Officials Say Drug Raids Found Clubs Were a Front


By DEAN E. MURPHY Published: June 24, 2005

SAN FRANCISCO, June 23 – Federal authorities said Thursday that they had cracked the biggest case ever involving the use of medical marijuana dispensaries in California as a cover for international drug dealing and money laundering, which they said extended to Canada and countries in Asia.

“This organization had been operating for over four years,” Javier F. Peña, the special agent in charge of the Drug Enforcement Administration in San Francisco, said at a news conference. “It is now dismantled.”

In court documents unsealed here, the federal authorities accused a 33-year-old San Francisco man, Vince Ming Wan, of leading a multi-million-dollar operation in the trafficking of marijuana and Ecstasy that used three medical marijuana clubs in the city as a front.

United States Attorney Kevin V. Ryan said that an arrest warrant had been issued for Mr. Wan on charges of conspiracy to distribute more than 1,000 marijuana plants, but that he remained at large. Twenty other people, all from San Francisco and its suburbs, were charged with a variety of crimes, including conspiracy to grow and traffic in marijuana plants, conspiracy to distribute Ecstasy and conspiracy to engage in money laundering.

Mr. Ryan said the two-year investigation was continuing and could result in more arrests and charges. In addition to Mr. Wan, seven other suspects remained at large on Thursday.

“We’re not talking about ill people who may be using marijuana,” Mr. Ryan said. “We’re talking about a criminal enterprise engaged in the widespread distribution of large amounts – millions of dollars, if you base it on historical evidence – of marijuana and other drugs, and money laundering their proceeds from these activities.”

Agents from the D.E.A., the Internal Revenue Service and other federal agencies executed search warrants on Wednesday at the three medical marijuana clubs. Twenty-three residences, businesses and other growing locations in San Francisco were also searched.

Agents hauled away more than 9,000 marijuana plants. In all, a drug agency official said, the investigation yielded 18,000 marijuana plants over the two years with a wholesale value of $17 million. The official, Special Agent Jose Martinez, said it was the largest drug investigation ever by federal authorities that involved medical marijuana dispensaries. In addition, the court documents said, some of the marijuana was grown in Canada.

Kenneth J. Hines, assistant special agent in charge of the I.R.S. in Oakland, said the authorities were still tracking financial transactions in Asia that Mr. Hines said had been funneled through 40 bank accounts at 12 financial institutions by two of the suspects, Phat Van Vuong, 30, and Richard Wong, 28, both of San Francisco.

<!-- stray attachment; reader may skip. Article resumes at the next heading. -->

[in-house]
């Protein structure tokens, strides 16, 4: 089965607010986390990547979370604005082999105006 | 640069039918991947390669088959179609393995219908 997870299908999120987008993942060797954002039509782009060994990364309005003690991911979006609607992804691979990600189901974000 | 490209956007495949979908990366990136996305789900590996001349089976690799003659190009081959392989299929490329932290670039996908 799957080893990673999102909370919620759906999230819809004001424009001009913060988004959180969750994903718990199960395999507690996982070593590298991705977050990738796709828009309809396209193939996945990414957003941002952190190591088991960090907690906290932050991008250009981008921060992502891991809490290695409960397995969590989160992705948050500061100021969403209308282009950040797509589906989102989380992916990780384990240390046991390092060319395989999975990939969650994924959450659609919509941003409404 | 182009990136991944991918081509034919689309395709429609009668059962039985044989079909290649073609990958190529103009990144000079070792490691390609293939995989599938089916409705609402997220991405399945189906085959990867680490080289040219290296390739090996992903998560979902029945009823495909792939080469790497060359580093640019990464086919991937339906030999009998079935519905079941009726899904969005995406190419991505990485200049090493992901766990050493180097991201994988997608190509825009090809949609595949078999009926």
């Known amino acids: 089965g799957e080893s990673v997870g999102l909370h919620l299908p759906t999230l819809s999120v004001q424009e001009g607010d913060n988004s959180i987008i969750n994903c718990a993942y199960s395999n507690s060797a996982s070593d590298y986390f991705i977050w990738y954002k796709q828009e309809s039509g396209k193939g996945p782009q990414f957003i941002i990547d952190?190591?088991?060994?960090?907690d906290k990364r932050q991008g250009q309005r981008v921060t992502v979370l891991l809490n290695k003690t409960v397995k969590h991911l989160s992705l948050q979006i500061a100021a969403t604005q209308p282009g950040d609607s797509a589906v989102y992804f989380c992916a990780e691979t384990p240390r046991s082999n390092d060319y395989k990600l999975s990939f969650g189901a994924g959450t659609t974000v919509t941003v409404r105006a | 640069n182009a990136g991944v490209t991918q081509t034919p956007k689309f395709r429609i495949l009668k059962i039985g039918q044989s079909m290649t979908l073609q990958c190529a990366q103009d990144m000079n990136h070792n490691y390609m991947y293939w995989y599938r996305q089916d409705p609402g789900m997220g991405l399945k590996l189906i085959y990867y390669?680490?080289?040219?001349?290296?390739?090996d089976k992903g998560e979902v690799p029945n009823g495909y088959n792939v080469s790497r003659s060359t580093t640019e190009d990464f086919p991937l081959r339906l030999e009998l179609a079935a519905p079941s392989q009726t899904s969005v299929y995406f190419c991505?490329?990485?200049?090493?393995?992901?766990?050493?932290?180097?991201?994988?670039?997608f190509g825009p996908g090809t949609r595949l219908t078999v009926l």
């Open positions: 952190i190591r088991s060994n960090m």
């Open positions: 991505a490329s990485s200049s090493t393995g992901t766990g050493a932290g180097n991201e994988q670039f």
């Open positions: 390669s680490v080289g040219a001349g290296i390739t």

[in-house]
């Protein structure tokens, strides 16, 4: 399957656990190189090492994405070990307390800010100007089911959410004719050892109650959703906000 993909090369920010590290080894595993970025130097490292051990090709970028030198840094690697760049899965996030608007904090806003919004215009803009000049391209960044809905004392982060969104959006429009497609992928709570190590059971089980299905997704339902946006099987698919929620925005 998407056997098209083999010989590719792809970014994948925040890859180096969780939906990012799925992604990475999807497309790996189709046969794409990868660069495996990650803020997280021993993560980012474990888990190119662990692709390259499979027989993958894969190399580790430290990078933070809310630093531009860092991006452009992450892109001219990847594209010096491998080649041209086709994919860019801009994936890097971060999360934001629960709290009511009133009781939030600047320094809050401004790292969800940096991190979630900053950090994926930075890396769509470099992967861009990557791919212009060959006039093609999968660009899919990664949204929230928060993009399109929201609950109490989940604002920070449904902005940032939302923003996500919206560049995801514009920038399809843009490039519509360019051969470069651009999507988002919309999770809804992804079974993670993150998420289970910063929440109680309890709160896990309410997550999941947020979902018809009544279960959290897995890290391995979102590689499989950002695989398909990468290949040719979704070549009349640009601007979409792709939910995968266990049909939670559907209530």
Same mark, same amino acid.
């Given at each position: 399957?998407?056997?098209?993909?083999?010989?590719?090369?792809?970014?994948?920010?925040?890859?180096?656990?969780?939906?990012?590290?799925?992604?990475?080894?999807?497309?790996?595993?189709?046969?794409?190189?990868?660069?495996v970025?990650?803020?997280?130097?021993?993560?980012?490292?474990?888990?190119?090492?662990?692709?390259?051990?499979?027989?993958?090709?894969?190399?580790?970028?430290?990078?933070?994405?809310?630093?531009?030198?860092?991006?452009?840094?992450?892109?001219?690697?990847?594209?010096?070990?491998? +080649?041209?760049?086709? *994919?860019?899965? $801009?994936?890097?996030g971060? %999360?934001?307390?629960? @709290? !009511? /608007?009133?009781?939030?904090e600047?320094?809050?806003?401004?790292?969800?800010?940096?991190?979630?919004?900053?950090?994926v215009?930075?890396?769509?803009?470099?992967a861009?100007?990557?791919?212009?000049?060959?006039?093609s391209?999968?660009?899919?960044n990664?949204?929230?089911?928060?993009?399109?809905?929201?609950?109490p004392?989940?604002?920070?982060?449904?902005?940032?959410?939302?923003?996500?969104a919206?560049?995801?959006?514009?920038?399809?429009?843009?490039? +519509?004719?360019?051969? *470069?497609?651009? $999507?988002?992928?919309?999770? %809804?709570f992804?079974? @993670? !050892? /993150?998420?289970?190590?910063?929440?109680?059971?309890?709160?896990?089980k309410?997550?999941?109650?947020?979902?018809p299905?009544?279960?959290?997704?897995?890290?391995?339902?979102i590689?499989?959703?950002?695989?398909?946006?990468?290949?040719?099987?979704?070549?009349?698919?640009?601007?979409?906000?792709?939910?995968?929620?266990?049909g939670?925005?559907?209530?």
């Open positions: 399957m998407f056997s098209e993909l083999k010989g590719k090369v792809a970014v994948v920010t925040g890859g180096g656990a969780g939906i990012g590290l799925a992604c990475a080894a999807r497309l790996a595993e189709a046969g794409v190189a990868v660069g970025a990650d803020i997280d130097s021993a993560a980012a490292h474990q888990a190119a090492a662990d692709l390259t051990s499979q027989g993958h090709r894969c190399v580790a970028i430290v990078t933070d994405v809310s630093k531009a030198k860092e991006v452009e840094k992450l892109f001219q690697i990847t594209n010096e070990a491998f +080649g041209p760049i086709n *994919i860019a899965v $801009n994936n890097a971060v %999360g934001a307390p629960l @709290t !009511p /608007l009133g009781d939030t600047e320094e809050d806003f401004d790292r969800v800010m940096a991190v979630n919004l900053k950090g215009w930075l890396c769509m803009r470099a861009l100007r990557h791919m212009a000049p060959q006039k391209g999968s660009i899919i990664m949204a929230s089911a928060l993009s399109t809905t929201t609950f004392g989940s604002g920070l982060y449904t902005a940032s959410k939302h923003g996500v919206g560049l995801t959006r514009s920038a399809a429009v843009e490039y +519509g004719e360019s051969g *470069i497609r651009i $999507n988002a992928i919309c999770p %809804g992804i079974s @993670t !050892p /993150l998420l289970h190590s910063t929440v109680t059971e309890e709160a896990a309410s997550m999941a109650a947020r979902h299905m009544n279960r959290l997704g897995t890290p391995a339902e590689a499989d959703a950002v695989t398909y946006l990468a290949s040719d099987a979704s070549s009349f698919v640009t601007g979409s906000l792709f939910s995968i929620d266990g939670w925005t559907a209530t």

Mr. Hines, who declined to name the country or countries that were involved, said the suspects had also bought automobiles, real estate and “other high-end items” with the money in an attempt “to disguise illegal proceeds derived from their activities.”

California has allowed the distribution of medical marijuana since voters approved a statewide ballot measure in 1996, but the state law is in conflict with federal narcotics laws. Mr. Ryan said the timing of the investigation, called Operation Urban Harvest, had nothing to do with a ruling by the United States Supreme Court two weeks ago that upheld the authority of federal officials over marijuana, even in the states where it is permitted for medical purposes.

An affidavit unsealed Thursday said that one of the suspects, Enrique Chan, 26, described in detail how the clubs were used as “a backbone” for illegal sales. The affidavit said Mr. Chan estimated that only half of the people who bought medical marijuana were really sick.

“You’ll get busted, but you remember, you got to beat the prosecution in court,” Mr. Chan told an undercover agent, according to the affidavit. “So if it comes down to a battle in court, what are you gonna do? You’re going to bring patients in court, like really sick patients with cancer, have them sit on the stand for you. And no jury is gonna try, is gonna convict you.”


Source: San Francisco Chronicle June 2005
Filed under: Legal Sector :

Back to top of page

Powered by WordPress